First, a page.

What is the conversion rate?
The conversion rate is used to calculate the annual BVG pension from the available retirement capital. Anyone who wants to find out what pension is realistic after retirement should know these important facts regarding the conversion rate and BVG regulations.
A rate of 6.8% means that if you have retirement capital of CHF 100,000, you will receive an annual pension of CHF 6,800 in retirement.
But it's not quite that simple, because first you need to know whether the available retirement assets belong to mandatory or extra-mandatory pension provision. This example would be correct if the pension fund covers minimum benefits and the average annual salary is less than CHF 88,200. This salary amount is covered by the mandatory portion of the BVG (Federal Act on Occupational Retirement, Survivors' and Disability Pension Plans). Portions of salary over that amount are assigned to extra-mandatory employee benefits insurance. The pension fund determines this conversion rate. This varies from fund to fund and can be found on the pension fund statement or regulations. It is generally lower than 6.8%.
Where do the conversion rates come from?
Various parameters are used when calculating the conversion rates. The most important ones are:
- Life expectancy of current and future pension recipients In 1980, the remaining life expectancy for a 65-year-old man was 15.3 years. By 2005, this rose to 18.2 years and the life expectancy of the younger generation is even higher.1
- Technical interest rate
This is based on the projected returns for the pension fund capital on the capital markets. Pension funds anticipate how much interest they can expect to pay on the pension capital at the time of wealth attrition (during which the pension will be paid out). The minimum conversion rate of 6.8% actually requires a return of 4.5%, or a technical interest rate of 4%2 – a condition that has not existed for a long time.
Can the conversion rates change?
The minimum conversion rate of 6.8% is legally determined in the BVG. It can only be changed by a legal amendment. In September 2017, both bills in the Pensions 2020 reform package to reduce the legal minimum to 6% were rejected. The BVG 21 reform is currently under consideration in Bern, which would again require a reduction to 6%. If the referendum is called in the definitive bill, it will be put to popular ballot again. It is impossible to predict the date it will potentially take effect at present.
This conversion rate is set by the pension fund, which can set individual rates within the framework of insurance guidelines. For some larger funds, the rates have already fallen below 5%.
Split or enveloping conversion rate: What is the difference?
If salary amounts are insured in the mandatory and the extra-mandatory pension, the pension fund can either use the split or enveloping conversion rate. The result for the pension recipient may differ depending on the distribution of mandatory and extra-mandatory retirement assets. Here are two calculated examples to illustrate the difference:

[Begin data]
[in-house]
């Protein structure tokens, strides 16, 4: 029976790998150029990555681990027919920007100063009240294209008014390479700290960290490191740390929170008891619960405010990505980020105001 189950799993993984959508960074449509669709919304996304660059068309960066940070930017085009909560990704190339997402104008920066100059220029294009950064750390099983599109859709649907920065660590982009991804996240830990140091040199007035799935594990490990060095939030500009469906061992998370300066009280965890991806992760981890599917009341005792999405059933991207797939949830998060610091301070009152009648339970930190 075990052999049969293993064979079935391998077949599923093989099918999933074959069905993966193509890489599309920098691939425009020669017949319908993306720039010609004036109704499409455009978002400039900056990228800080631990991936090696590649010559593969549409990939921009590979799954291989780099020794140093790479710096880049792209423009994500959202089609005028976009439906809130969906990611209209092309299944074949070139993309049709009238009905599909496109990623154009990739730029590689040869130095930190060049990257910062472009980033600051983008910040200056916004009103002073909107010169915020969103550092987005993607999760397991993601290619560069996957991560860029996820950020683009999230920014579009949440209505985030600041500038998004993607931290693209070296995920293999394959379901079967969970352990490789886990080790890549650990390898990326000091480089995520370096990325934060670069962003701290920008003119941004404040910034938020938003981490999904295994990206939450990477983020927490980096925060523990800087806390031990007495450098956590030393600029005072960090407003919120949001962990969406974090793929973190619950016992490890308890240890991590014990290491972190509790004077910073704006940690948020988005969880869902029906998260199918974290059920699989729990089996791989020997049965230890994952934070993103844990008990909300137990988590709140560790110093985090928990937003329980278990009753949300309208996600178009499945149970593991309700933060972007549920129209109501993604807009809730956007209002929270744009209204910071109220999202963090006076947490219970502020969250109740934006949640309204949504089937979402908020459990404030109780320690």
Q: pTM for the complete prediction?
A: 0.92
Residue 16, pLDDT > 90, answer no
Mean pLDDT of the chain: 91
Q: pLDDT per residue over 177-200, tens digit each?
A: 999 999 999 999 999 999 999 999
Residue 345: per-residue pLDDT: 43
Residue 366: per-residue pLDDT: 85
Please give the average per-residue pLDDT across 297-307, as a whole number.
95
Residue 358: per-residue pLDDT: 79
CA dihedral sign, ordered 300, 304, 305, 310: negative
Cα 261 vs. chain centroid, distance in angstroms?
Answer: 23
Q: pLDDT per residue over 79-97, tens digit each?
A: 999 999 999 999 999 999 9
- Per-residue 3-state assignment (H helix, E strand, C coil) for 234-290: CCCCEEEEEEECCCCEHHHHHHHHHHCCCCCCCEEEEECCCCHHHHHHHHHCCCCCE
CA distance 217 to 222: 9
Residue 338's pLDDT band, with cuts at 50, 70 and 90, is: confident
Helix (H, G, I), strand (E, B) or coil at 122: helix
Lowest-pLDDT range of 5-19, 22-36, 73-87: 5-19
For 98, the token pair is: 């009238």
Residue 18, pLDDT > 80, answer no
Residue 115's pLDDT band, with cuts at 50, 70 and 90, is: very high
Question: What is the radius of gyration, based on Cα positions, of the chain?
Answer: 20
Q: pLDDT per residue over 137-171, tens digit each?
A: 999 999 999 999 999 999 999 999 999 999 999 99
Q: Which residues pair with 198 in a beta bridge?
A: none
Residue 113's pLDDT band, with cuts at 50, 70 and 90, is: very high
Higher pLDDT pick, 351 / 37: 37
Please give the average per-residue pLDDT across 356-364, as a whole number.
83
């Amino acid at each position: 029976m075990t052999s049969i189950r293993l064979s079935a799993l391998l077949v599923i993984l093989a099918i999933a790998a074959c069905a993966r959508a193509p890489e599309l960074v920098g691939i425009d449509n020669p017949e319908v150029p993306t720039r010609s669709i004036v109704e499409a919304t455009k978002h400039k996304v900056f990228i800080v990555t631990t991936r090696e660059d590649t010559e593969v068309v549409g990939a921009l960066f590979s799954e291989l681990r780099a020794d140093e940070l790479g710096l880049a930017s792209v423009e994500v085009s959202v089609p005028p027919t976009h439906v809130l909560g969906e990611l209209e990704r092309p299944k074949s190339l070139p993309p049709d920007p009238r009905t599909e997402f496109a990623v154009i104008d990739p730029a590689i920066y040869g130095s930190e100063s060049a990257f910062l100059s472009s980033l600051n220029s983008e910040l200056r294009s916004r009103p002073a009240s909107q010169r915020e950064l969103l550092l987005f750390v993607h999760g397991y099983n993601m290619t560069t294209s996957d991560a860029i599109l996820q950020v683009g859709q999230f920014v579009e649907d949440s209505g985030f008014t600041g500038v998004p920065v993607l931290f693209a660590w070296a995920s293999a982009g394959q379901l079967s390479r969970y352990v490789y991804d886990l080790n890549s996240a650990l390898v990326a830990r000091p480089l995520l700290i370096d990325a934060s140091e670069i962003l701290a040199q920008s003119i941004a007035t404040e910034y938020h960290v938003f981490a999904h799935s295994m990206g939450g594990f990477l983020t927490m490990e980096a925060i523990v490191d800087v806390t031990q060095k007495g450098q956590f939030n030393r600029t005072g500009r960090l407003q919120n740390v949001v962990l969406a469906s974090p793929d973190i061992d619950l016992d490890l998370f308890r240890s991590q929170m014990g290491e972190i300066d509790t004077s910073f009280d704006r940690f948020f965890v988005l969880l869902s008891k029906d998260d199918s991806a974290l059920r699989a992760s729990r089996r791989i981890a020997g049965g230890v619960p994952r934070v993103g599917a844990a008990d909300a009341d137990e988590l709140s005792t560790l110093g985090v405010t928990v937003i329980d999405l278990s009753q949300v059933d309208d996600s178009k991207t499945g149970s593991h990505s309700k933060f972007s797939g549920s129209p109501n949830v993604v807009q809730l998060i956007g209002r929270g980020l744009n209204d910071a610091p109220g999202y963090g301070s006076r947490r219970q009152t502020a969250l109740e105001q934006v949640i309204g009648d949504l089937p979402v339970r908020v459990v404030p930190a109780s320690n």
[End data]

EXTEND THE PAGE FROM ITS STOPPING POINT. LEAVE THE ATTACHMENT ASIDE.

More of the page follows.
A future pension recipient saved CHF 300,000 in pension fund assets.
CHF 200,000 thereof represents the mandatory portion.
CHF 100,000 thereof represents the extra-mandatory portion.
Split conversion rate
In case of a split conversion rate, the pension is calculated using two different conversion rates
- CHF 200,000 at 6.8% (mandatory according to BVG)
= an annual pension of CHF 13,000
- CHF 100,000 at 5.2% (sample rate for the extra-mandatory portion of the pension fund)
= an annual pension of CHF 5,200
Overall, it results in an annual pension of CHF 18,200.
Enveloping conversion rate
In this case, a combined conversion rate is used for calculation.
The BVG only stipulates that the end result may not be lower than the 6.8% of the mandatory portion – in this case, no lower than CHF 13,000.
- CHF 300,000 at 5.5% (on this scale, the enveloping conversion rate is usually shifted)
= CHF 16,500
Overall, this results in an annual pension of CHF 16,500. This is higher than CHF 13,000. Therefore, the enveloping conversion rate is in line with BVG.
Outlook: Development of conversion rates
Because life expectancy is rising steadily and return prospects in the low interest environment are not expected to be sufficient for stable financing, most pension funds urge reducing the minimum conversion rate. Experts agree that 6.8% is too high. Anyone who is not about to retire soon can expect a lower conversion rate.
It is essential that the BVG conversion rate be adjusted to reality in the political process as soon as possible in order to stem the currently high level of undesired redistribution from today's workers to pension recipients. The aim is to restore the solidarity principle and intergenerational justice in terms of occupational pension provision.
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